It’s hard to have a successful website without visual content. Any page you visit likely includes some combination of photos, icons, or graphics. However, if you encounter the HTTP error when uploading images to WordPress, you may find yourself unable to incorporate them on your site.

Fortunately, there are several methods you can use to fix this issue. In this article, we’ll explain why the HTTP error occurs when uploading images to WordPress and then walk you through six solutions.

Let’s get to work!

What Causes the HTTP Error When Uploading Images to WordPress

Compared with some other common problems, the HTTP error when uploading images to WordPress doesn’t look all that scary. It’s just a simple banner message that can appear in your media library when you try to add a new file:

The HTTP error when uploading an image to WordPress.

Usually, when you upload an image to WordPress, it shows up in your Media Library right away. There’s no confirmation message or bells and whistles. That’s obviously not the case when you run into this error.

The problem with this particular alert is it doesn’t give you a lot of information to go on when it comes to figuring out a solution. Plus, there are several possible causes, including:

  • Expired login credentials
  • Unauthorized file names
  • Insufficient memory
  • Incorrect file permissions
  • Plugin conflicts

Half the battle with the HTTP error when uploading images to WordPress is determining the source of the problem. Once you figure that out, it’s just a few quick steps to resolve it and get your site back in working order.

How to Fix the HTTP Error When Uploading Images to WordPress (6 Proven Methods)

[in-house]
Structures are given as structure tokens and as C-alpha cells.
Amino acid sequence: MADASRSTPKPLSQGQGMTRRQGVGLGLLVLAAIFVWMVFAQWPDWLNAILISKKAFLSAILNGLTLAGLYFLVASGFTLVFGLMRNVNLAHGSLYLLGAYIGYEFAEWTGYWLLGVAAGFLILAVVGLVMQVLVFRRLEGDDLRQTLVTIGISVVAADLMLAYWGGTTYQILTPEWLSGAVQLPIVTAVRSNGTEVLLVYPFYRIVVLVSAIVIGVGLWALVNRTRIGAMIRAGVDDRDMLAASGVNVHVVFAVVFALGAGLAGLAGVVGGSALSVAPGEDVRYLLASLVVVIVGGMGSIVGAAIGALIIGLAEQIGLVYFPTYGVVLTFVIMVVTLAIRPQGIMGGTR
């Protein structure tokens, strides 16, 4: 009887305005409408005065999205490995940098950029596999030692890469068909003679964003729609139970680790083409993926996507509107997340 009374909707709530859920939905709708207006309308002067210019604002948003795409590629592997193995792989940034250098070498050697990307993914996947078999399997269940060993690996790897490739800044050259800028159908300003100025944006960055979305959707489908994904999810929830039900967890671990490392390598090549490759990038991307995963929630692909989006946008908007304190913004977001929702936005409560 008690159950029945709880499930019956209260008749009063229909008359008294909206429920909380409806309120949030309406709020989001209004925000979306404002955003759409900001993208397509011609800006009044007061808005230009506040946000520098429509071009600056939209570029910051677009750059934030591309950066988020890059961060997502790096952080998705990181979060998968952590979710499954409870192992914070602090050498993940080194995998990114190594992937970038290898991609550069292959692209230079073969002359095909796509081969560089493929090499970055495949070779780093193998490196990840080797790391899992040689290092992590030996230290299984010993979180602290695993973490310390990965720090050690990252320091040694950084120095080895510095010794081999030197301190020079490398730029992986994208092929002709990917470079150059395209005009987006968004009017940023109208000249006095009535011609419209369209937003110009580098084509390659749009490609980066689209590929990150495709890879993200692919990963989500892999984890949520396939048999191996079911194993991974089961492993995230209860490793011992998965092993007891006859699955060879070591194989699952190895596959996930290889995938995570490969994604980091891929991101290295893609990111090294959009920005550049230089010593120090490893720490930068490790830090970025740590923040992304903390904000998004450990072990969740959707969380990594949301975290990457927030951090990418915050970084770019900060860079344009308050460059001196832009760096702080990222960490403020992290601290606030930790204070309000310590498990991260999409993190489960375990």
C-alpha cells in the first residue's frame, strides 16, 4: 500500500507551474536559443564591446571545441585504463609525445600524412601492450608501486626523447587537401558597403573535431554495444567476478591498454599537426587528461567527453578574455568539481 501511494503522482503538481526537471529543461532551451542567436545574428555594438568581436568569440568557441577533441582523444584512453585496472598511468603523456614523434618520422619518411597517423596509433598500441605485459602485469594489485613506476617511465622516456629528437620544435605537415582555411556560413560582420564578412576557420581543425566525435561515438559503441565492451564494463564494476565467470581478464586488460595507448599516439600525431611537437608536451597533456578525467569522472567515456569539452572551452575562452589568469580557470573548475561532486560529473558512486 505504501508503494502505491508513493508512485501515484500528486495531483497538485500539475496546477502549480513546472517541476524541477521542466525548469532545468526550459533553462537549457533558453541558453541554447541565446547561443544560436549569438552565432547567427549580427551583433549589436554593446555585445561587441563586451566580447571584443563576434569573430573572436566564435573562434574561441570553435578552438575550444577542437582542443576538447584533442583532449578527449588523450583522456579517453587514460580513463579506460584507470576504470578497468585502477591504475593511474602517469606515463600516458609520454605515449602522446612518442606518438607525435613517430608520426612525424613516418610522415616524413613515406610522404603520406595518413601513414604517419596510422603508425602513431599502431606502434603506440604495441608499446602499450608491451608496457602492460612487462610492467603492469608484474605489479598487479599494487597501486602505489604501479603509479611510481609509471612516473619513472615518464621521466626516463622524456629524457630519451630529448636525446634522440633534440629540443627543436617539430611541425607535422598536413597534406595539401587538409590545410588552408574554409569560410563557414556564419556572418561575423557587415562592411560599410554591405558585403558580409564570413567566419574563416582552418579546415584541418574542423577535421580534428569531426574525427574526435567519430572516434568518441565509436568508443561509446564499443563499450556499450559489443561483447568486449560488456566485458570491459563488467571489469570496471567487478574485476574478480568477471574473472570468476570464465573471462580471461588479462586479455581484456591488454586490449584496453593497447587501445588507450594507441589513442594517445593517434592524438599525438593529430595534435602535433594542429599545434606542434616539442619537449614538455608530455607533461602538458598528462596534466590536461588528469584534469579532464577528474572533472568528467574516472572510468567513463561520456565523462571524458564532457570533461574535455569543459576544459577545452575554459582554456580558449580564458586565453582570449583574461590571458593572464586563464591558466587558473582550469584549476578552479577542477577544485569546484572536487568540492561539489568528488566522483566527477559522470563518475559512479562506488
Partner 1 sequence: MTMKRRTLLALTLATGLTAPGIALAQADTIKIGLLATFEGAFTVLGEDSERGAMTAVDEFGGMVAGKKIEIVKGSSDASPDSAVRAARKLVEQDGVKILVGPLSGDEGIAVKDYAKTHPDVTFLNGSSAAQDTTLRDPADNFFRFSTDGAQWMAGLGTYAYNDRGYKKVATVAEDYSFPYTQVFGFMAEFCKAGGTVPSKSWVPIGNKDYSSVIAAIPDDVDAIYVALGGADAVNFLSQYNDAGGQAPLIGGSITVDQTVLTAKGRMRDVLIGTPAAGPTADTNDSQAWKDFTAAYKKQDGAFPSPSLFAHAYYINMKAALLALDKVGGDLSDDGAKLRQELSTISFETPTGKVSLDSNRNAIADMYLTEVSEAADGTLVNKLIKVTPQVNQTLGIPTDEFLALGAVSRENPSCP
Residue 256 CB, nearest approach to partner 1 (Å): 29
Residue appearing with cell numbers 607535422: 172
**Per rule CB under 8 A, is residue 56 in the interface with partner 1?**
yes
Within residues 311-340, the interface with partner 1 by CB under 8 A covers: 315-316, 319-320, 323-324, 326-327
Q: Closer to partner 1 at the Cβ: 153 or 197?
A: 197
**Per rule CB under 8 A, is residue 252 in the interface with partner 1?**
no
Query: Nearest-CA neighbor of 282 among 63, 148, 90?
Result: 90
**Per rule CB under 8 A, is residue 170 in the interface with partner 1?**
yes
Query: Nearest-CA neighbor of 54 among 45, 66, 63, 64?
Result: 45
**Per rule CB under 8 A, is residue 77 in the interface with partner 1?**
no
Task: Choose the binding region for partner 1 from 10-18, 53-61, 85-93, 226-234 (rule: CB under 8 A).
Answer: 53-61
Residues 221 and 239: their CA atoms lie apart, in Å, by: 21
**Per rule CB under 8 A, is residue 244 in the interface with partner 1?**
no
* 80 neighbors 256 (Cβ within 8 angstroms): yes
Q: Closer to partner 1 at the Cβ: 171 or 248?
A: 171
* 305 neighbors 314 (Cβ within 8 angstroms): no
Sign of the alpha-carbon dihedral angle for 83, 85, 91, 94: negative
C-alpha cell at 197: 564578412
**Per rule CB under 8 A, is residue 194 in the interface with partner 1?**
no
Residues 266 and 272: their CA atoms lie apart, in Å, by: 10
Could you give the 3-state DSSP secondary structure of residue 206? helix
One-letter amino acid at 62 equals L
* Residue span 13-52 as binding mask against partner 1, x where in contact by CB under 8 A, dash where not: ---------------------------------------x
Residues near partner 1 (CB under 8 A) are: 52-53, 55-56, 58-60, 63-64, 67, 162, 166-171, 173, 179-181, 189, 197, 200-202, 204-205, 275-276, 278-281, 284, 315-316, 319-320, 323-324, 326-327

Although fixing this error isn’t difficult, you have to be methodical since it has several potential causes. With that in mind, we’ll start with the most straightforward fixes.

1. Check if Your Login Session Has Expired

Usually, WordPress lets you know when your login credentials expire so you can re-enter them. However, this message doesn’t always appear if you’ve left your browser open for an extended period of time without any activity.

If you do this and then try to upload an image, you’ll see an HTTP error like the one pictured above even though you haven’t been prompted to log back in. The easiest way to figure out if this is the problem in your case is to reload the page.

If your previous login session expired, WordPress will then prompt you to input your credentials again. After that, you can retry your image upload and see if the error persists.

2. Rename, Optimize, or Resize the Image File

WordPress doesn’t support files with special characters or language accents in their names, such as in château or smörgåsbord. If the image you’re trying to add to your site includes any, try renaming it, then attempt the upload again.

In some cases, even images with perfectly ‘clean’ names won’t play nice with WordPress. One workaround is to use an image optimization platform such as TinyPNG:

The TinyPNG homepage.

This tool compresses your files to decrease their size. It’s a simple way to cut down your website’s loading times, and will sometimes resolve the HTTP error when uploading images to WordPress as well.

Finally, you may also be able to resolve this issue by changing your image’s dimensions (width and height). You can do this using your preferred photo editing platform, such as Preview, Paint, or Photoshop.

3. Increase Your Site’s PHP Memory Limit

If the first two methods don’t resolve the HTTP error when uploading images to WordPress for you, it’s time to start looking into more technical solutions. Depending on your web hosting provider and plan, your server might not have enough memory to add more files to your site.

A small PHP memory limit can lead to the occasional HTTP error during uploads. As a rule of thumb, you want yours to be at least 256 MB.

The easiest way to increase your PHP memory limit is to access your website’s root folder (usually public_html) using File Transfer Protocol (FTP) and an FTP client such as FileZilla. Then, locate your wp-config.php file, right-click on it, and select the View/Edit option:

Editing your wp-config.php file.

Inside that file, look for the line that reads “That’s all, stop editing! Happy publishing.” Then add the following code above it:

define( 'WP_MEMORY_LIMIT', '256M' );

Save your changes and close the file. Then try re-uploading your image and see if the HTTP error persists. If it does, your host may be overriding the settings in your wp-config.php file at a server level. In that case, you might need to contact support for further assistance.